It almost looks like a glamor shot magazines like Face or advertisers like United Colors of Benetton often throws your way. Her blonde hair looked so soft, her manicured fingernails so red, her glistening bracelet and handbag so readily beside, the red cross aide so solicitous in bending over her that you can almost feel like it has been staged. The woman was an actress named Adela Legarreta Rivas, but she was actually hit by a car and killed on Mexico City’s Avenida Chapultepec in 1979.
She was draped across a fallen pole, her arm hanging like a rag doll’s around it, the bridge of her perfect nose intersected by a single line of blood. It seems as if Edgar Allen Poe, he who elevated deaths of beautiful women into sublime art and said such death is “the most poetical topic in the world”, had taken this photo, but the man who captured this image was Enrique Metinides. Metinides, whose photos often looked like stills from pulp graphic novels and film noirs, is the most accomplished photographer for the Mexican version of tabloid press, the nota roja. As its name (bloody news) suggests, nota roja covers not celebrity scandals, but death and destruction: car crashes, fires, shootouts, suicides, etc.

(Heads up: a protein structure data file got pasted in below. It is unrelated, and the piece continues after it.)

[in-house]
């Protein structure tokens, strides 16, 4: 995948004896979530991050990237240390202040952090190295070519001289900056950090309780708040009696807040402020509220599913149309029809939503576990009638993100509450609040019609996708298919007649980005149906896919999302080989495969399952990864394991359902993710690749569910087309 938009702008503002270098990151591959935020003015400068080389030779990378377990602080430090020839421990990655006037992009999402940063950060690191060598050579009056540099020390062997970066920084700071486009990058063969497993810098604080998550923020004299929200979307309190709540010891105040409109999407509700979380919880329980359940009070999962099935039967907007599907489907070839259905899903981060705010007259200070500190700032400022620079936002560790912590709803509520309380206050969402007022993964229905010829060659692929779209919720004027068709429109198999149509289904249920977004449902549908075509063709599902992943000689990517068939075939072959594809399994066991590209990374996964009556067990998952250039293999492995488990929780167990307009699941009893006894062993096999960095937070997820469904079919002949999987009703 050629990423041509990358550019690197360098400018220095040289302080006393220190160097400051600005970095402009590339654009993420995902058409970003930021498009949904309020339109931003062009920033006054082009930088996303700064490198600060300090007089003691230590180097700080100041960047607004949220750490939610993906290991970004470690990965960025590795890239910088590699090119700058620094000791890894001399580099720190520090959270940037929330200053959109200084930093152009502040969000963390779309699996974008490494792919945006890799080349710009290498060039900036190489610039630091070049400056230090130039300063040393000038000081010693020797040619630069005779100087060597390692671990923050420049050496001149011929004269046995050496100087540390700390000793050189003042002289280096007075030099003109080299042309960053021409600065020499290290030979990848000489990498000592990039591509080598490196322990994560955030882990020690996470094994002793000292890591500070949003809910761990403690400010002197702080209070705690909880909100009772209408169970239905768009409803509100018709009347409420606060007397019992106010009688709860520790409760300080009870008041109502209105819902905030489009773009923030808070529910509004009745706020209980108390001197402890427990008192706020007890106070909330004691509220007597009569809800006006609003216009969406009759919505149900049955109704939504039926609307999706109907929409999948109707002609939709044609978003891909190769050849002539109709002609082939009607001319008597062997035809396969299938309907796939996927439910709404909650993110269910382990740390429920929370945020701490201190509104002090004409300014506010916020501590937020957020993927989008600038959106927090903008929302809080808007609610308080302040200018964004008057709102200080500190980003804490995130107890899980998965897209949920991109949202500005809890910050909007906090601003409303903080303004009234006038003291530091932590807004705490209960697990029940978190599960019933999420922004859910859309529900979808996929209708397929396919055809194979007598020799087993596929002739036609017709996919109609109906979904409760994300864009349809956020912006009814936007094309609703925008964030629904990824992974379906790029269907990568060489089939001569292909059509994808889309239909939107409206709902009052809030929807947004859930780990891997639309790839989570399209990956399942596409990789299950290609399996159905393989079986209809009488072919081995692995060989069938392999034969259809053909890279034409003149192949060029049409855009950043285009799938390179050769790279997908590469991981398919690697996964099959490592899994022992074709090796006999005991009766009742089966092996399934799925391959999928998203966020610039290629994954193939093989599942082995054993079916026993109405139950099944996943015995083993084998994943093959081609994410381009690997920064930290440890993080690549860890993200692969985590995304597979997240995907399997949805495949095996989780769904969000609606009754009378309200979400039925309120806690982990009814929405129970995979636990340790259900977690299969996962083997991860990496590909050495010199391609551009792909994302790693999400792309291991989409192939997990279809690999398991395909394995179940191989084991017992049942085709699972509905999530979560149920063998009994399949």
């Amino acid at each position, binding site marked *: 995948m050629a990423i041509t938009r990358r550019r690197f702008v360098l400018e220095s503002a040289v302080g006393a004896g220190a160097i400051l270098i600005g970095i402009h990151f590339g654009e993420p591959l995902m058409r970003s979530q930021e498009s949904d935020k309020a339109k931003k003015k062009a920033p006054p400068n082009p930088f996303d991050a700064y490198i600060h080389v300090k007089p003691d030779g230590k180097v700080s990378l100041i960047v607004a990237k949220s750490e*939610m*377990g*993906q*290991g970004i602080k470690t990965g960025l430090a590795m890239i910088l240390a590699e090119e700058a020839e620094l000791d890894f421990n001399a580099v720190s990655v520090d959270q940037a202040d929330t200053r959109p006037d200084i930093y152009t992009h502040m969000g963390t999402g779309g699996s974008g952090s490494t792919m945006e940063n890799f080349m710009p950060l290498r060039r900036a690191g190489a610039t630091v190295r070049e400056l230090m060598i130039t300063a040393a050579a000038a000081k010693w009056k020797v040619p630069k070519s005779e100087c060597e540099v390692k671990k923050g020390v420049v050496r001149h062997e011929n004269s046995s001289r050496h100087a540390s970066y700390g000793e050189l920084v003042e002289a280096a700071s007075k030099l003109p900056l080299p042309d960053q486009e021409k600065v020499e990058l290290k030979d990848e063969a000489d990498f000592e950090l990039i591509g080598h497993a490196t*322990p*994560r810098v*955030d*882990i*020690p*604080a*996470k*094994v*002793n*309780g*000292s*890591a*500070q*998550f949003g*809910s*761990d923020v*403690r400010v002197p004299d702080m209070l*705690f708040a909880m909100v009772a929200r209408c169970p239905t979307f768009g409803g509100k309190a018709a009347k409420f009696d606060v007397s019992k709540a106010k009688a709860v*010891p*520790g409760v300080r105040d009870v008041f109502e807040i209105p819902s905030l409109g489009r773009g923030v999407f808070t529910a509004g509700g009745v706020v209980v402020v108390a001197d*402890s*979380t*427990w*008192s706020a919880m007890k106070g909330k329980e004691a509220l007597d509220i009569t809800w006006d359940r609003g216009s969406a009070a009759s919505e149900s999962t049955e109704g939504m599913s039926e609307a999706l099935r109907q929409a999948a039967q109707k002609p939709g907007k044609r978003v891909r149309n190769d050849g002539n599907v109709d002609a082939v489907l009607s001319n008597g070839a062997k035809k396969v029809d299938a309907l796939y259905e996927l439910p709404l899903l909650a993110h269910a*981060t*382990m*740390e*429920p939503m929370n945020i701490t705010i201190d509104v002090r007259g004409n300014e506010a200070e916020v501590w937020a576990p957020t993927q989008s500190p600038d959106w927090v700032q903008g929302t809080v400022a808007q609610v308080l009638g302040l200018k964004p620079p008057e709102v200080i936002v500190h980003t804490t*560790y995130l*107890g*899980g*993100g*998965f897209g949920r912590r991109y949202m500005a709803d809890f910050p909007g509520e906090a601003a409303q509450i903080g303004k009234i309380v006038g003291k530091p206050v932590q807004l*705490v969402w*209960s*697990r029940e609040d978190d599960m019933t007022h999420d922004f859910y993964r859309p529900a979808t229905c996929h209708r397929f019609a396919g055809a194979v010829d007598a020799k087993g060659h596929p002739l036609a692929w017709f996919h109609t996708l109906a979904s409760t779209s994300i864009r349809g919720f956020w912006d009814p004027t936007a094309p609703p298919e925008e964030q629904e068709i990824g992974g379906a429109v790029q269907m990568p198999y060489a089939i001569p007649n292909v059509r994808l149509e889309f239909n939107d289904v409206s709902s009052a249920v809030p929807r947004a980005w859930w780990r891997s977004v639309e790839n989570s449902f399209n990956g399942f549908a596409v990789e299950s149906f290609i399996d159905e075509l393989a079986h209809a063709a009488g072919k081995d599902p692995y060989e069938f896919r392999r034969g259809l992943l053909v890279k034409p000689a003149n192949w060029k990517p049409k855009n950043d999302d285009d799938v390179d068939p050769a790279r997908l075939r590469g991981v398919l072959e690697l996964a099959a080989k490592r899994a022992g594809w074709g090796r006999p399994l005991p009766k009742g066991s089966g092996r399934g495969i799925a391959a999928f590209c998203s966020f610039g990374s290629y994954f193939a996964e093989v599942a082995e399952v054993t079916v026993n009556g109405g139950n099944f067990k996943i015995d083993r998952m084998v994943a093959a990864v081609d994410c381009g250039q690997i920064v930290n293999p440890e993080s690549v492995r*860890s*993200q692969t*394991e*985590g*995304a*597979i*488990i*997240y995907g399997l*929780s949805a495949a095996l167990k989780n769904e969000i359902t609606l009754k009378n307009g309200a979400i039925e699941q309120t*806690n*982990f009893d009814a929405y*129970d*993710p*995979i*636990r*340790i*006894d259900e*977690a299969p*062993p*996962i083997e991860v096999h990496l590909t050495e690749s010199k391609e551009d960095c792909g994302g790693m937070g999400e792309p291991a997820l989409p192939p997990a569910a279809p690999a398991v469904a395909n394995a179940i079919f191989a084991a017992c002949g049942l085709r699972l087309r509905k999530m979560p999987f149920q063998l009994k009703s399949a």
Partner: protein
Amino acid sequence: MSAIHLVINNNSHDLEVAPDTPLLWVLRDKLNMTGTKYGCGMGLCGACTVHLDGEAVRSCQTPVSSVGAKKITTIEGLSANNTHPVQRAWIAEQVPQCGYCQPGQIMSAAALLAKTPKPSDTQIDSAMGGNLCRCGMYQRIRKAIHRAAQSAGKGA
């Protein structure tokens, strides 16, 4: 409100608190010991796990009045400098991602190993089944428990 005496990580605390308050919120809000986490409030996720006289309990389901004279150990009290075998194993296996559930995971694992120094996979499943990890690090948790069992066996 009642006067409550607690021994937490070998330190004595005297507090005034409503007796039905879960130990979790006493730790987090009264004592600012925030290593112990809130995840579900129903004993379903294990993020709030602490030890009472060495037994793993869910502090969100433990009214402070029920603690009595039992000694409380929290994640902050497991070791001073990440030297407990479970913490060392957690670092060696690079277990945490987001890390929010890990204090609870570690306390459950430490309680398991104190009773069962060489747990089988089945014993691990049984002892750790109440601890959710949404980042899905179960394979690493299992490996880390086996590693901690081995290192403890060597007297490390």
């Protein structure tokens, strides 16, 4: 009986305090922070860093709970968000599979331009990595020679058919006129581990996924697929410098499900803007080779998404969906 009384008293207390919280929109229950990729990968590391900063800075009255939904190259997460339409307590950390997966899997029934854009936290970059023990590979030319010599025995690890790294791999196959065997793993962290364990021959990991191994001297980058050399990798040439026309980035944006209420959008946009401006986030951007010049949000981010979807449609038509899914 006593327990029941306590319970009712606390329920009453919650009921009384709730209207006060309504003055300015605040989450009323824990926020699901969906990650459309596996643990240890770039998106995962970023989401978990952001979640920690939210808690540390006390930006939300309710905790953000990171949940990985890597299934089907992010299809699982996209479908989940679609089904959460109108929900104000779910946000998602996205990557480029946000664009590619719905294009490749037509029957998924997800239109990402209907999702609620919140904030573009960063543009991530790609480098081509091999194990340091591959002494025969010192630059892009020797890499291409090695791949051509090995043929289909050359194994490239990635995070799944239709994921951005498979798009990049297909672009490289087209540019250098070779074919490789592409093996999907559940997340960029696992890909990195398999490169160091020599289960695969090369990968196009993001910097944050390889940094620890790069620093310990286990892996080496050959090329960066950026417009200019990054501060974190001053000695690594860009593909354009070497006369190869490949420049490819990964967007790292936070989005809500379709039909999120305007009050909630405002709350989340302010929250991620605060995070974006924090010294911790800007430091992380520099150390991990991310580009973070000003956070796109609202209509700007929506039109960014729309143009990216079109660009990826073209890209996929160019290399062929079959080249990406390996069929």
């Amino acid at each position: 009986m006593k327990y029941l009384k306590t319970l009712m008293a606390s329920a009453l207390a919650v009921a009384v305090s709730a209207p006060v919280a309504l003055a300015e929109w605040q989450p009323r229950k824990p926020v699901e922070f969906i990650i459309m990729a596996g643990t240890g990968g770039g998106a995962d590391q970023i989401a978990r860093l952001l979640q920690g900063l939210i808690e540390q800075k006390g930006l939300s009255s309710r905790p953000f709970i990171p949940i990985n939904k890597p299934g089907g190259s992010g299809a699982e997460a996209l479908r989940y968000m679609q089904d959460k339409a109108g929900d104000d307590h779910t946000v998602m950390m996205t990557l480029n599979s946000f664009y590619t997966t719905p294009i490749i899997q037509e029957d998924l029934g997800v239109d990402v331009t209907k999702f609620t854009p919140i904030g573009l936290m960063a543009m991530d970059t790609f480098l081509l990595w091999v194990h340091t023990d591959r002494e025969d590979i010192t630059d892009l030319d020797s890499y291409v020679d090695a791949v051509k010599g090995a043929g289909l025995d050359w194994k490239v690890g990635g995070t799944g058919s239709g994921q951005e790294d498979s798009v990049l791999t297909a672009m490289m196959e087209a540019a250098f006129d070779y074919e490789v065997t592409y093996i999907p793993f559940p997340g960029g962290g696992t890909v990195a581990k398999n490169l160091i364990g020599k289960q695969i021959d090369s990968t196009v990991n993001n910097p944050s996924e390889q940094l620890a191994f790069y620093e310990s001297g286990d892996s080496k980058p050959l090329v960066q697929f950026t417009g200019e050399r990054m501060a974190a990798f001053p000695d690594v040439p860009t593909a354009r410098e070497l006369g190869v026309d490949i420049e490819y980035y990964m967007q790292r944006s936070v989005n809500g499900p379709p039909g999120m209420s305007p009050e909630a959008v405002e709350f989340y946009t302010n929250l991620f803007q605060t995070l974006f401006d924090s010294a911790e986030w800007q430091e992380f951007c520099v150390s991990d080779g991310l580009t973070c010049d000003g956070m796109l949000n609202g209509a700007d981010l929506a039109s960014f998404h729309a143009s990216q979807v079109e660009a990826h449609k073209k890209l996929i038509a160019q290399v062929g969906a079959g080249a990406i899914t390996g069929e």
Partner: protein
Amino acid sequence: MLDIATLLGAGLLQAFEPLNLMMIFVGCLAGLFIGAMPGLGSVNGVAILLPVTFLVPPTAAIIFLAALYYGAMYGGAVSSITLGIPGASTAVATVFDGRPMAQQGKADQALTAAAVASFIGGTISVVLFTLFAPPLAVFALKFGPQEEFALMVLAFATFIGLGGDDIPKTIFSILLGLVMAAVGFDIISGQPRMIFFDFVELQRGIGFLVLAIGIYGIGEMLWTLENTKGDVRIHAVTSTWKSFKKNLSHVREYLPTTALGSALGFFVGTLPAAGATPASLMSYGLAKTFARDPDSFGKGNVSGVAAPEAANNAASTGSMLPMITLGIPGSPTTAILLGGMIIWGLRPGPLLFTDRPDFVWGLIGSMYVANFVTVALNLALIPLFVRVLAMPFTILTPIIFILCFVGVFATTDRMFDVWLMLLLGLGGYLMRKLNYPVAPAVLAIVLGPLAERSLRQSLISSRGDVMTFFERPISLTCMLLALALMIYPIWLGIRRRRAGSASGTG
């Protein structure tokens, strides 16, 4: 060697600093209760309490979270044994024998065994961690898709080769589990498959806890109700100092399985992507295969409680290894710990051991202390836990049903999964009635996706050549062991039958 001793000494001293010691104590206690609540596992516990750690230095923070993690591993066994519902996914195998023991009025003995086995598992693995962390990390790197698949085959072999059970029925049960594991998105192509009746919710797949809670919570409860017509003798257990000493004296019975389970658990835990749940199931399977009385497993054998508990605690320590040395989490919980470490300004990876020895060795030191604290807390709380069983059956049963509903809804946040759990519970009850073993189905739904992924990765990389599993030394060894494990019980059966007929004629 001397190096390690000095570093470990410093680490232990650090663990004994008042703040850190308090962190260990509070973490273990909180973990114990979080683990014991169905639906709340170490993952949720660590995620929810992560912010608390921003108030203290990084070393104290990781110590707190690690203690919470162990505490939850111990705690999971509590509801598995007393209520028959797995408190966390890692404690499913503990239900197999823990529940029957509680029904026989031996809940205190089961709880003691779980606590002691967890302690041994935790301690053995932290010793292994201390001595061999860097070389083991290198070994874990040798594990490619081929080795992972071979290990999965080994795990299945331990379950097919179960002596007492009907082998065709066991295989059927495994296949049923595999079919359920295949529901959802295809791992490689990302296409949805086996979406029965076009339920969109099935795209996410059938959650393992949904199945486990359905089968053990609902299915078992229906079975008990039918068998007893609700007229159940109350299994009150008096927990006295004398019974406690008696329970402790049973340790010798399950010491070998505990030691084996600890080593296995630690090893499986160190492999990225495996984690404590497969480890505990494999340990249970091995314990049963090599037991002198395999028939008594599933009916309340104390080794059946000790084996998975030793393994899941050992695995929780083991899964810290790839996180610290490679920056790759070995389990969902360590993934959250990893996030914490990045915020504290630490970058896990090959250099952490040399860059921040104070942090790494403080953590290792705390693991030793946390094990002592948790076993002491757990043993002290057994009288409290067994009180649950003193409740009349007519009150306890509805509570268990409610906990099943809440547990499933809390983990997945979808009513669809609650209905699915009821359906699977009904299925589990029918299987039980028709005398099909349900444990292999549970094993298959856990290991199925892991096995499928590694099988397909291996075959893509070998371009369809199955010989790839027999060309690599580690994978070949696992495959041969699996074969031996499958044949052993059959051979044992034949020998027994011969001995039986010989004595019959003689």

Metinides is often called Mexican Weegee, but unlike Weegee, Metinides did not tune nightly into the police radio; he volunteered with Red Cross and often arrived at the scene with an ambulance crew. He photographed his first dead body before he was 12, a feat that earned him a nickname El Niño – the Kid – for his precocity. Although his work is not widely known outside of Mexico, this may be changing with a New York show in 2006, and a Time magazine feature recently.